# proof of matrix inverse calculation by Gaussian elimination

Let $A$ be an invertible matrix, and ${A}^{-1}$ its inverse^{}, whose
columns are ${A}_{1}^{-1},\mathrm{\cdots},{A}_{n}^{-1}$.
Then, by definition of matrix inverse, $A{A}^{-1}={I}_{n}$.
But this implies
$A{A}_{1}^{-1}={e}_{1},\mathrm{\dots},A{A}_{n}^{-1}={e}_{n}$,
with ${e}_{1},\mathrm{\cdots},{e}_{n}$ being the first,$\mathrm{\dots}$,$n$-th column of ${I}_{n}$
respectively.

$A$ being non singular (or invertible), for all $k\le n$, $A{A}_{k}^{-1}={e}_{k}$ has a solution for ${A}_{k}^{-1}$, which can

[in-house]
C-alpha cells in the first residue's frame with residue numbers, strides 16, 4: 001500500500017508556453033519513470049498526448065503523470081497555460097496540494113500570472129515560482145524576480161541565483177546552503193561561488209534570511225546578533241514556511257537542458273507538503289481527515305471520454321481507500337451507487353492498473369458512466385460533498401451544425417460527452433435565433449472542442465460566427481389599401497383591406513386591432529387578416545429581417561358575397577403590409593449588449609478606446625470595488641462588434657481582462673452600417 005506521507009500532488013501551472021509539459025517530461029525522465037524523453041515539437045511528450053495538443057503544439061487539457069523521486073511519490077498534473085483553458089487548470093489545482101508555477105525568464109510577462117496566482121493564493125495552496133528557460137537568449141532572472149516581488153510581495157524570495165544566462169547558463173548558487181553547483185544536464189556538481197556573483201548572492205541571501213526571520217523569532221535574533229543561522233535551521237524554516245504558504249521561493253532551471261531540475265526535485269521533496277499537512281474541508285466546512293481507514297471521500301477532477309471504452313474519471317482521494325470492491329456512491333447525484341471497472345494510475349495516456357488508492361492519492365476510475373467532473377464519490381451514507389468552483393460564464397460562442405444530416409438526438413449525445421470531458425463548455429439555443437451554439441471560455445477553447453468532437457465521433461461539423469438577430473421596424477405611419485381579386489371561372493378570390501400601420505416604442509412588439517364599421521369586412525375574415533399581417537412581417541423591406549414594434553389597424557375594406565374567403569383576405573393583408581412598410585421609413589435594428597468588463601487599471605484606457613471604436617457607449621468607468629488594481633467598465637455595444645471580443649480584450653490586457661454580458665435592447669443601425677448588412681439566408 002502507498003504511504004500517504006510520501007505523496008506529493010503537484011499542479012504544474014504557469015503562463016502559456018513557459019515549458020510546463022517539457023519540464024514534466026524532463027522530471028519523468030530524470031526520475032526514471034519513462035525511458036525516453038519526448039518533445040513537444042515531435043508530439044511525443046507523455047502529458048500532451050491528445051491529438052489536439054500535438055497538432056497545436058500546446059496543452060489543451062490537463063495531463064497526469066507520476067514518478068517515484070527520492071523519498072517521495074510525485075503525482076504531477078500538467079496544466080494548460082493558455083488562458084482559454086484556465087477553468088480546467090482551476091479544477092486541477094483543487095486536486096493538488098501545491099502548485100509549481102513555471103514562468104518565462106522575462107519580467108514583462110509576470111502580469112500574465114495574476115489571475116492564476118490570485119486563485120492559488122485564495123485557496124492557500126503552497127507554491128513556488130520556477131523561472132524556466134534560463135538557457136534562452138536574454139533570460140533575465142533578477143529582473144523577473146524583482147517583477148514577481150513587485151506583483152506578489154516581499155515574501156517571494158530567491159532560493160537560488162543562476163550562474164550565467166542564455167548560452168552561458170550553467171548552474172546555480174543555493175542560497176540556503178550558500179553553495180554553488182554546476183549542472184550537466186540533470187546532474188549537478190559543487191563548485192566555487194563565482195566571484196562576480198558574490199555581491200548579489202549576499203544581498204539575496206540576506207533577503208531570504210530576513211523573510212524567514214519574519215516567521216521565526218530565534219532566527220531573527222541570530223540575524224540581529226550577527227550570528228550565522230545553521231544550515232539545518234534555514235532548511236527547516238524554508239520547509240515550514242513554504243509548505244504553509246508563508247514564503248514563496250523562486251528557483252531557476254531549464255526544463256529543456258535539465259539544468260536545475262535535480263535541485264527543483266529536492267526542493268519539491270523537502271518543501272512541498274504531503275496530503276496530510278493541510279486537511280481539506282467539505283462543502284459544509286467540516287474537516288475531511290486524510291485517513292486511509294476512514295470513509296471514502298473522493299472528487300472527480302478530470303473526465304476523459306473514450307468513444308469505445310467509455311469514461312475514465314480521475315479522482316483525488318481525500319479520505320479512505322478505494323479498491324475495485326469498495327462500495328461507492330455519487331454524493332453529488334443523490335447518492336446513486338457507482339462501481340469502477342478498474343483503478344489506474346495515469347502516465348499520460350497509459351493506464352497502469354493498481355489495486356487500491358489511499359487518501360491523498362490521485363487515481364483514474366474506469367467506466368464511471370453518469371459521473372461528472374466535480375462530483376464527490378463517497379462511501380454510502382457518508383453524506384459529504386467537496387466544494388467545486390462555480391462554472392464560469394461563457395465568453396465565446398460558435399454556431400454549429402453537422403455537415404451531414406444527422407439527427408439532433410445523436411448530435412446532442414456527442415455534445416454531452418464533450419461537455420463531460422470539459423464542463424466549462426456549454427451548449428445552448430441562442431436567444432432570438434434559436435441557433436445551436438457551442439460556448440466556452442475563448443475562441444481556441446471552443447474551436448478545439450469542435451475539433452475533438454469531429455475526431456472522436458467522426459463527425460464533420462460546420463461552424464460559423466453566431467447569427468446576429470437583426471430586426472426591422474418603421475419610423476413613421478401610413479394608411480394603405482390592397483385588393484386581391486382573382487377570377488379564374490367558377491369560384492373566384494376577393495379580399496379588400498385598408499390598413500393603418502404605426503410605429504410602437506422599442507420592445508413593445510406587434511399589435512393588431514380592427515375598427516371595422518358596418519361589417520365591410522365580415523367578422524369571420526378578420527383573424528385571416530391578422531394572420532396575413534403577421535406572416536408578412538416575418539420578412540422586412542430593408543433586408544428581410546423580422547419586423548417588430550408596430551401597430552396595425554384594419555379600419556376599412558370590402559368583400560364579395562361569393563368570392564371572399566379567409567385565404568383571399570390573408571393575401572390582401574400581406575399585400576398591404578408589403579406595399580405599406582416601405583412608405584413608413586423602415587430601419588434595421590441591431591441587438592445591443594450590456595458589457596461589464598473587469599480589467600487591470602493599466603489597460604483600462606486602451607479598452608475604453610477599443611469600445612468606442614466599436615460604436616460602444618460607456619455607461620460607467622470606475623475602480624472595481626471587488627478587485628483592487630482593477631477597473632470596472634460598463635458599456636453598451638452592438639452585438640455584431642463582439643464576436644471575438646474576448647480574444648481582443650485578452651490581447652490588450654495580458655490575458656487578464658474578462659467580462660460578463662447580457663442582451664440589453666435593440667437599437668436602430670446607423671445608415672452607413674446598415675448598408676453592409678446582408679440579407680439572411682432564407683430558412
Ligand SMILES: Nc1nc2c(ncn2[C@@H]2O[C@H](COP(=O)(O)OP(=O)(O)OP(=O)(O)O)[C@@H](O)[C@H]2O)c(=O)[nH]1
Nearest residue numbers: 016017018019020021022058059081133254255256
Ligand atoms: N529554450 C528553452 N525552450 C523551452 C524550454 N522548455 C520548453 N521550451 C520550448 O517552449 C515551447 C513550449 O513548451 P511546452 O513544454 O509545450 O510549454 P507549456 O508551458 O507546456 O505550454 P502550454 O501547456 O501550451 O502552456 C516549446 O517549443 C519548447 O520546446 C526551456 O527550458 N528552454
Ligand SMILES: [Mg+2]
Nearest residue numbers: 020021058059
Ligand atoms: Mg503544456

be found by Gaussian elimination^{} of $[A\mid {e}_{k}]$.

The only part that changes between the augmented matrices constructed is the last column, and these last columns, once the Gaussian elimination has been performed, correspond to the columns of ${A}^{-1}$. Because of this, the steps we need to take for the Gaussian elimination are the same for each augmented matrix.

Therefore, we can solve the matrix equation by performing Gaussian elimination on $[A\mid {e}_{1}\mathrm{\cdots}{e}_{n}]$, or $[A\mid {I}_{n}]$.

Title | proof of matrix inverse calculation by Gaussian elimination |
---|---|

Canonical name | ProofOfMatrixInverseCalculationByGaussianElimination |

Date of creation | 2013-03-22 14:15:10 |

Last modified on | 2013-03-22 14:15:10 |

Owner | rspuzio (6075) |

Last modified by | rspuzio (6075) |

Numerical id | 9 |

Author | rspuzio (6075) |

Entry type | Definition |

Classification | msc 15A09 |